VAHCS

 

Voice Activated Home Control System

 

 

 

 

 

 

 

Overall Block-Diagram

 

 

 

 

 

 

 

 

 

 

 

 

 

 

 

 

 

By Kyle Joseph

Troy Resetich

Advisor: Dr. Alexander Malinowski

Assisted by Dr. Don Schertz

Bradley University Electrical Engineering Department

Senior Project

November 18, 2003

 

 

 

 

 

 

 

 

 

Objective:

The scope of this project is to create a voice-activated system that remotely controls electronic appliances in a home. Figure 1 shows a hardware block diagram of the proposed system. The system will utilize a voice recognition integrated chip, which has the functionality to learn up to 60 separate commands. The circuit communicates through a hardware interface with an 8051 based-microcontroller. The microcontroller interprets the inputted signal which triggers a hardware device outputting the corresponding infrared (IR) signal. The microcontroller will learn IR commands through a second IR hardware subsystem connected to the microcontroller. If time permits, an X-10 configuration will also be added to the system.

 

IR

Receiver

 

IR

Transmitter

 
Flowchart: Connector: Speaker
Flowchart: Connector: Micro-phone

Sensory Voice Direct II

(Voice- recognition chip)

 

EMAC DEVLOPMENT BOARD

 

8051

Microprocessor

 

LCD

(liquid crystal display)

 

Keyboard

 

 

Fig. 1 Overall Hardware Block Diagram

 

 

 

Please refer to the block diagram (Fig.1) to identify all subsystems discussed.

 

Subsystem: EMAC DEVLOPMENT BOARD

This hardware package contains the LCD and keyboard. The microprocessor is also embedded on this board. We will take a systems approach during the discussion of this subsystem. This means we will not concern ourselves with the actual signals being passed between the keyboard/LCD and the processor. The LCD and keyboard all communicate with the microprocessor via a pre-programmed signal processing function. The first real input to this subsystem are the IR TTL level pulses received from the IR Receiver. The second input is from the voice activation chip. These signals are also transmitted to the EMAC board via TTL levels. These TTL signals are passed to the microprocessor by way of serial communication. These signals alert the microprocessor to a received command word and which causes it to output IR pulses accordingly.

 

 

 

 

 

 

 

The first output of the EMAC board is TTL level pulses to the IR transmitter. IR codes are stored in memory located on the EMAC board. When the system gets a queue to transmit the IR codes TTL pulses (representing the IR codes) will be sent to the IR transmitter.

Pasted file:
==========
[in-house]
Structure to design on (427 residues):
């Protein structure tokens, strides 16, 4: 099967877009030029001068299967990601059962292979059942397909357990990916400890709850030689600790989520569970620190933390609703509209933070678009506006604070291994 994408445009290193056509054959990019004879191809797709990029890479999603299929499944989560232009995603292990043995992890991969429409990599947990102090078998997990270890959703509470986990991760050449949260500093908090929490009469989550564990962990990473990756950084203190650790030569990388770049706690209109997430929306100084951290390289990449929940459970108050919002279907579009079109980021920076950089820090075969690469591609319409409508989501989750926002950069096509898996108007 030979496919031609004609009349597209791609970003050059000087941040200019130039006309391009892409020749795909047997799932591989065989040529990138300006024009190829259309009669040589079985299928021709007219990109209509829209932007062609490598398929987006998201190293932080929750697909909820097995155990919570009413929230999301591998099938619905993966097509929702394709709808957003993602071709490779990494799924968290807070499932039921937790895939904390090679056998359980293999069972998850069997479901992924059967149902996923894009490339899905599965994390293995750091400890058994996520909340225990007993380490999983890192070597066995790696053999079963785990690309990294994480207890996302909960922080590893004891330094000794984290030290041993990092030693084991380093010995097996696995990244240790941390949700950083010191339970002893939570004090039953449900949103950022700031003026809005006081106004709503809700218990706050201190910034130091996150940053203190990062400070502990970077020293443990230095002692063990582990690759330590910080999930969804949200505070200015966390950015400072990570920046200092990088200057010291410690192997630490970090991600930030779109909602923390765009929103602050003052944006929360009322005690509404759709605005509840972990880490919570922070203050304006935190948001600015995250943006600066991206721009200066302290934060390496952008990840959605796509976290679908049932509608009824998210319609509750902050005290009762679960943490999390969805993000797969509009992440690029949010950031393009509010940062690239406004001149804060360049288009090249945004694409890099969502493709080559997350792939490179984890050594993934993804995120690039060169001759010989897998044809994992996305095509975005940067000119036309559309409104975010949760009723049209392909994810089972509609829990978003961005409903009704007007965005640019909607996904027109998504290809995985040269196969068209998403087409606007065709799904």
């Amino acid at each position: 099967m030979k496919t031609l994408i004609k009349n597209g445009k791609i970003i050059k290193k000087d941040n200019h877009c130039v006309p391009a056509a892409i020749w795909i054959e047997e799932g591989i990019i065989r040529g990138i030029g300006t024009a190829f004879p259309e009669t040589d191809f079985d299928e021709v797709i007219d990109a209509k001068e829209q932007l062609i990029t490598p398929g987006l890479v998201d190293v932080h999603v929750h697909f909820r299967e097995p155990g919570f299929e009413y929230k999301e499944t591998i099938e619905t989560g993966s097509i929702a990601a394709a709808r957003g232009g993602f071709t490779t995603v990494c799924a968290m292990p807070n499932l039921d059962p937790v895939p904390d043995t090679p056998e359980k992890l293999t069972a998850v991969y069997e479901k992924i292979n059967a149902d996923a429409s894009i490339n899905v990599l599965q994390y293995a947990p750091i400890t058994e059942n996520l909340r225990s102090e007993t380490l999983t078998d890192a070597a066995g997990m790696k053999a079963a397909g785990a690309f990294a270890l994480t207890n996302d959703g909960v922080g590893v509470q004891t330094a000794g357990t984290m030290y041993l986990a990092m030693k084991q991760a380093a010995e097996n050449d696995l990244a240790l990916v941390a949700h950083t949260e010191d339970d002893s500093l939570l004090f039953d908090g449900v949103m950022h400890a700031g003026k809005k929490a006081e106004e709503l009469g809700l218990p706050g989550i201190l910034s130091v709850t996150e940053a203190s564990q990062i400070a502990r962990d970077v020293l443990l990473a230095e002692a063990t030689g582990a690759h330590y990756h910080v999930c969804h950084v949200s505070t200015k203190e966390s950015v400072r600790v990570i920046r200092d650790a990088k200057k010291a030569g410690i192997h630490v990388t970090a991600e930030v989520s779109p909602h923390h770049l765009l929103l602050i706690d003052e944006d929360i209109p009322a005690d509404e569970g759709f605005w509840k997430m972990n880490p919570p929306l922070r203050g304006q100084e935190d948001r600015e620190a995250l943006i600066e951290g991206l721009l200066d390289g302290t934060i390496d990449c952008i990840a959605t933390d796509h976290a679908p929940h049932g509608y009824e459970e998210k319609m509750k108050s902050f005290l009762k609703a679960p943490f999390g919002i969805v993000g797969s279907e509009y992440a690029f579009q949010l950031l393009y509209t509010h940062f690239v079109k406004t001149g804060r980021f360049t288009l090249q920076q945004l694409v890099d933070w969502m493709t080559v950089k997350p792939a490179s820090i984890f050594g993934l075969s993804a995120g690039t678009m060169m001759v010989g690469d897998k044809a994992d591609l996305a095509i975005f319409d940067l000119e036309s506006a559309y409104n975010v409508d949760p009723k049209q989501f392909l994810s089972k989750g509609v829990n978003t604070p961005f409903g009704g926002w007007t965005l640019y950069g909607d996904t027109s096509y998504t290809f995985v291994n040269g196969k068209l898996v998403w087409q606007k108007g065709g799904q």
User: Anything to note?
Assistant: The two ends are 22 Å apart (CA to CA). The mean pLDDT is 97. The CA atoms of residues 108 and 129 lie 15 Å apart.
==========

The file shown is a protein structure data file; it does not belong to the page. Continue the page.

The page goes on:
The second output of the EMAC board is TTL level communication to the Sensory Voice Direct II. These signals will request the voice direct II to learn a new word, listen for a previously learned word, and to replay known words.

 

Subsystem: IR Receiver

The IR receiver has two purposes. The first is the retrieval of IR signals passed to it via an IR transmitter (from a remote control.) These signals are made up of photons and electromagnetic waves. The second task of this subsystem is to demodulate the IR signal. This means that the receiver will transform a 38 kHz sine wave into 0 volts and the absence of that sine wave into 5 volts, these TTL level signals will be the outputs of this system. Since the sine wave will vary in frequency (dependant on manufacturer of the remote control) it will be necessary to include 3 or 4 different receivers to demodulate the different frequencies.

 

Subsystem: IR Transmitter

The IR transmitter will output modulated IR codes. These IR codes will be in the form of photons and electromagnetic waves. The input of this system is received from the EMAC board. The input signal will be in the form of 5-volt TTL level pulses.

 

Subsystem: Sensory Voice Direct II Voice Activation Chip

This input of this subsystem is from a microphone; the mill volt signal (from the microphone) is a voltage waveform of a spoken word. This subsystem will decode the signal and compare it with known words. It could also store the word in its memory to be compared with later words. The next input to this subsystem is from the EMAC board. These inputs command this subsystem to do certain tasks, refer to the explanation on the EMAC board for a description of these tasks.